A controversial community wind turbine project that would have blighted a nationally important bird sanctuary has been rejected.
The Scottish Government’s own reporter has judged that the three-turbine plan at Tillyrie, near Milnathort, would have had an unacceptable impact on the Loch Leven basin and the Ochil Hills.
In his appeal decision, which has just been released, Michael Cunliffe of the DPEA (Directorate for Planning and Environmental Appeals), backs the reasoning of Perth and Kinross Council, whose refusal prompted the appeal.
The proposal has had a chequered history, with applications for five turbines refused in 2005, 2006 and at appeal.
A new submission reduced the turbines in number and height and moved them, in an effort to reduce visual impact.
Even with the changes, the turbines would have been visible from up to nine miles away, with each of the three proposed turbines rising to a height of 74 metres.
The project would have generated enough wattage to power the equivalent of 1,300 homes, as well as considerable revenue for communities in the area.
Agreeing with an assessment by Scottish Natural Heritage, Mr Cunliffe said: “I consider that the proposal would have a significant adverse effect, both in its own right and in combination with existing windfarms, on the landscape character of the Ochil Hills and of the Loch Leven basin, and on part of the AGLV.”
Mr Cunliffe noted that, despite the financial incentive, the turbines project was not universally welcomed locally.
He said: “The appellant is a company which includes local community participation and would channel a proportion of the net revenue from the scheme towards community projects. However, it is clear that the proposal does not have the wholehearted backing of the Milnathort and Kinross-shire community. Milnathort Community Council objected to the planning application on grounds of adverse visual impact, effect on the AGLV and cumulative effects with Lochelbank and Greenknowes, later qualifying its stance by saying it would not object if a means of mitigating these impacts could be found.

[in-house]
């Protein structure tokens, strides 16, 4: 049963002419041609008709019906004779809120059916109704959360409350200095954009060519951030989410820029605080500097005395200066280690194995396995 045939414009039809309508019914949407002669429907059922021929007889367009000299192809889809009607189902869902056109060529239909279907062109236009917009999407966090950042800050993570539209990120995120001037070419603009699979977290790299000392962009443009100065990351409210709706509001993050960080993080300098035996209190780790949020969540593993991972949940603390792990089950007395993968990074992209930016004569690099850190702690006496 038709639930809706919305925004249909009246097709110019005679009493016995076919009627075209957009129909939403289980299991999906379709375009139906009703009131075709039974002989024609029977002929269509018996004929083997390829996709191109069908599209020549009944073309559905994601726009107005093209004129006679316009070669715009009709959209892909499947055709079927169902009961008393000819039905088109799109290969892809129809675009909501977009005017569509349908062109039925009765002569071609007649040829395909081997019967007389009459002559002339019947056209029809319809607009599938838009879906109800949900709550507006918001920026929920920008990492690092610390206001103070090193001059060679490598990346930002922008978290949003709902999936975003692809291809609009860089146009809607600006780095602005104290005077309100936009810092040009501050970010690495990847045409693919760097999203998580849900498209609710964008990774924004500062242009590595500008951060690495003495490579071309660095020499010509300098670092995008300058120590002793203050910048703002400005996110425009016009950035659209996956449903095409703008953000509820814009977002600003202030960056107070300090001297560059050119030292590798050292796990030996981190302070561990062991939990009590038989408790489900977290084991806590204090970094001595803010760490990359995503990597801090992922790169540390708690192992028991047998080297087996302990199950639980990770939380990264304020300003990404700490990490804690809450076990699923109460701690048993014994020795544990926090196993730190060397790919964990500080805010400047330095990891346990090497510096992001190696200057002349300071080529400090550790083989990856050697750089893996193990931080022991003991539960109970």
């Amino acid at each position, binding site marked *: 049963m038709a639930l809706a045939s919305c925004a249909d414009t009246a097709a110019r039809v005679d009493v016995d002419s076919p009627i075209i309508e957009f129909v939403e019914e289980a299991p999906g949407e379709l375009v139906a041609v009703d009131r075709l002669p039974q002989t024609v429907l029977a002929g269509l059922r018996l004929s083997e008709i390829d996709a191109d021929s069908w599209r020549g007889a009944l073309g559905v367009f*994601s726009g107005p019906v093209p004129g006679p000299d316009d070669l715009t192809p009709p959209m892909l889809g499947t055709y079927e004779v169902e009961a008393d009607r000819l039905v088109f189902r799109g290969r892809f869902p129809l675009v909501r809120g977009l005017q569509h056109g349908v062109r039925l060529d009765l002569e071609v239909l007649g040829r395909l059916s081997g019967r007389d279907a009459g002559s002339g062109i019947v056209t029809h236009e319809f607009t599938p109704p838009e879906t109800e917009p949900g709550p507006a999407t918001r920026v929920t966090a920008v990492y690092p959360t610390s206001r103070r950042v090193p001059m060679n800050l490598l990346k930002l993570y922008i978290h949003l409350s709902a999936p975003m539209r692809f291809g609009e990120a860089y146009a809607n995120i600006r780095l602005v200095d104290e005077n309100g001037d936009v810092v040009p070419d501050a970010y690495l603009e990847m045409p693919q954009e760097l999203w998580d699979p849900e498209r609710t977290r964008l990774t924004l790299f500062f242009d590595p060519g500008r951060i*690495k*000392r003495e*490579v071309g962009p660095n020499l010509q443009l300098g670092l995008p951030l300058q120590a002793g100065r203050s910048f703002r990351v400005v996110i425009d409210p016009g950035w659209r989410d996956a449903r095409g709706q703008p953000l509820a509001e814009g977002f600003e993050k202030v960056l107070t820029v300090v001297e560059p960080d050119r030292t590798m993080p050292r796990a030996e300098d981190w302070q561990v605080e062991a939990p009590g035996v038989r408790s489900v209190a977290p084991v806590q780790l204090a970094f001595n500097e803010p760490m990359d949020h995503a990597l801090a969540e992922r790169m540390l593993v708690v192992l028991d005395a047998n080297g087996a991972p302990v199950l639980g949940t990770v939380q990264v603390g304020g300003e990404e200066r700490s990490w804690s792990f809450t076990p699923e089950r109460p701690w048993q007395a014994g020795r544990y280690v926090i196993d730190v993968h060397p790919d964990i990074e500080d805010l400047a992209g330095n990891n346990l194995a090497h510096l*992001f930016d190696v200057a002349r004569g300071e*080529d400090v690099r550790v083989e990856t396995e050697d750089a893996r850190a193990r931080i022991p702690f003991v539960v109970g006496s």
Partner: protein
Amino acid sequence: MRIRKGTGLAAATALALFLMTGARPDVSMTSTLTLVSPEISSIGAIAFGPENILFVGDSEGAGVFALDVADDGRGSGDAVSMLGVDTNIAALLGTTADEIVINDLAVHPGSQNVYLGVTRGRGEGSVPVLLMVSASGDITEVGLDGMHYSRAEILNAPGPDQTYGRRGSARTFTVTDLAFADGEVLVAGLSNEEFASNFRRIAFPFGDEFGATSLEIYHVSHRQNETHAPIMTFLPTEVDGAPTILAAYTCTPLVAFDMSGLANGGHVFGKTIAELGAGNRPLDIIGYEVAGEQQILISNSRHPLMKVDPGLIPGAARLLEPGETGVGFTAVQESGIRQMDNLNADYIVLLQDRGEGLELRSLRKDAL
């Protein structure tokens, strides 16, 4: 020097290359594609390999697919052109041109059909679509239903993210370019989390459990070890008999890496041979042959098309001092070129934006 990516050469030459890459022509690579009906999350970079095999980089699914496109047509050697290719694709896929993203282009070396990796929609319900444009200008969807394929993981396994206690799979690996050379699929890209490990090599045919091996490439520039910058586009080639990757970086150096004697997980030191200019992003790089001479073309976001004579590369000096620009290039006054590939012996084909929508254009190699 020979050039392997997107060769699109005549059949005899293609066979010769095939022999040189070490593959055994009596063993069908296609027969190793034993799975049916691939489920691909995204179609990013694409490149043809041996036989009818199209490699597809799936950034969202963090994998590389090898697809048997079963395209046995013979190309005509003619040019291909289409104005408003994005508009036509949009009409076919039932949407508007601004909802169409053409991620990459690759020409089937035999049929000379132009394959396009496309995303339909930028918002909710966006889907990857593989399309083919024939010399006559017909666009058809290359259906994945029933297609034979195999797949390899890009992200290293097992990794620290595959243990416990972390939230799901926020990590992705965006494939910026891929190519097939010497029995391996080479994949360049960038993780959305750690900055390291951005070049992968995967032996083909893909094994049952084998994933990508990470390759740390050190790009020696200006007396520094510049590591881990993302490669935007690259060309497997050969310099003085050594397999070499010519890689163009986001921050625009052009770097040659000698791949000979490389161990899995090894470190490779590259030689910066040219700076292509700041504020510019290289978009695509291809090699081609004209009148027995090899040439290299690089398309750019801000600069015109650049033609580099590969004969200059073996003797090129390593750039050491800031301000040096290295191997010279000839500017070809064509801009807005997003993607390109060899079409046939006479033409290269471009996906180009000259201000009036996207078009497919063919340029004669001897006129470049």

“Earn Community Council also objected, and the planning authority received 88 letters of objection and 12 expressions of support. The main grounds of objection were landscape and visual impacts, including cumulative effects.”
His conclusion that the turbines would not be in accordance with the development plan was welcomed by Liz Smith, MSP for Mid Scotland and Fife, as a victory for “local democracy”.
“I welcome the decision to dismiss the appeal and (the fact) that planning permission has been refused,” she said.
“Windfarm proposals are extremely controversial and in many cases communities are tired of being forced to fight applications again and again. The views and wishes of Kinross-shire people must come first.
“This windfarm application represents yet another in a long line of windfarm applications being faced by Perth and Kinross Council, which is seriously impacting on the planning department.
“Local democracy is all about local communities being given a voice and local councils and locally-elected councillors taking decisions close to those communities which will be impacted.
“All over the country, groups have been established to fight these sort of developments, showing the acute concern felt by so many people.”
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